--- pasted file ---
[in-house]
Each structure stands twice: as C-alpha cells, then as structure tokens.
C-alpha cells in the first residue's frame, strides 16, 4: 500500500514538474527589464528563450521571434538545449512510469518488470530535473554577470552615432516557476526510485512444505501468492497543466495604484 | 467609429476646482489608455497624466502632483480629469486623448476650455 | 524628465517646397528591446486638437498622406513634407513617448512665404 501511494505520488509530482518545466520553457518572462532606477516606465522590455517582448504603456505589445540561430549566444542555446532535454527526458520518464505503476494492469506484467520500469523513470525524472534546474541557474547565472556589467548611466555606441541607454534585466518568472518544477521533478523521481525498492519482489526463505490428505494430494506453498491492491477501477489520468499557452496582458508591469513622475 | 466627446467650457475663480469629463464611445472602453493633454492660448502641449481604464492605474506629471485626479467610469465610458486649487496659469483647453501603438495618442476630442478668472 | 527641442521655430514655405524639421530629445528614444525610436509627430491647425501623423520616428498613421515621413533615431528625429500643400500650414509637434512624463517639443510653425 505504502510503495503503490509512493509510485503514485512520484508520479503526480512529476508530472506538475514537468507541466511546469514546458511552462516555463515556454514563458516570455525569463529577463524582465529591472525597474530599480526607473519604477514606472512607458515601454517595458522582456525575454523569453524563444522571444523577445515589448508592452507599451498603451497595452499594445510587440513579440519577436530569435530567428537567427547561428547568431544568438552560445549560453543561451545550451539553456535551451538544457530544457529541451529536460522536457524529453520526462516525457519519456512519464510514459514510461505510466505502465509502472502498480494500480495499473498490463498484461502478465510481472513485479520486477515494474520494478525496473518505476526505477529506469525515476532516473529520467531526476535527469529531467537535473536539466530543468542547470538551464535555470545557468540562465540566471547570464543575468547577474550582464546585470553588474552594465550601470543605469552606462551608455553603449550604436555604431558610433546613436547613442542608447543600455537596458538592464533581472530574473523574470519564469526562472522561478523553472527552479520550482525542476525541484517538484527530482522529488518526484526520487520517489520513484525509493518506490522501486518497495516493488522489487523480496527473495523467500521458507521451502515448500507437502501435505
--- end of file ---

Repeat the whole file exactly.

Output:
[in-house]
Each structure stands twice: as C-alpha cells, then as structure tokens.
C-alpha cells in the first residue's frame, strides 16, 4: 500500500514538474527589464528563450521571434538545449512510469518488470530535473554577470552615432516557476526510485512444505501468492497543466495604484 | 467609429476646482489608455497624466502632483480629469486623448476650455 | 524628465517646397528591446486638437498622406513634407513617448512665404 501511494505520488509530482518545466520553457518572462532606477516606465522590455517582448504603456505589445540561430549566444542555446532535454527526458520518464505503476494492469506484467520500469523513470525524472534546474541557474547565472556589467548611466555606441541607454534585466518568472518544477521533478523521481525498492519482489526463505490428505494430494506453498491492491477501477489520468499557452496582458508591469513622475 | 466627446467650457475663480469629463464611445472602453493633454492660448502641449481604464492605474506629471485626479467610469465610458486649487496659469483647453501603438495618442476630442478668472 | 527641442521655430514655405524639421530629445528614444525610436509627430491647425501623423520616428498613421515621413533615431528625429500643400500650414509637434512624463517639443510653425 505504502510503495503503490509512493509510485503514485512520484508520479503526480512529476508530472506538475514537468507541466511546469514546458511552462516555463515556454514563458516570455525569463529577463524582465529591472525597474530599480526607473519604477514606472512607458515601454517595458522582456525575454523569453524563444522571444523577445515589448508592452507599451498603451497595452499594445510587440513579440519577436530569435530567428537567427547561428547568431544568438552560445549560453543561451545550451539553456535551451538544457530544457529541451529536460522536457524529453520526462516525457519519456512519464510514459514510461505510466505502465509502472502498480494500480495499473498490463498484461502478465510481472513485479520486477515494474520494478525496473518505476526505477529506469525515476532516473529520467531526476535527469529531467537535473536539466530543468542547470538551464535555470545557468540562465540566471547570464543575468547577474550582464546585470553588474552594465550601470543605469552606462551608455553603449550604436555604431558610433546613436547613442542608447543600455537596458538592464533581472530574473523574470519564469526562472522561478523553472527552479520550482525542476525541484517538484527530482522529488518526484526520487520517489520513484525509493518506490522501486518497495516493488522489487523480496527473495523467500521458507521451502515448500507437502501435505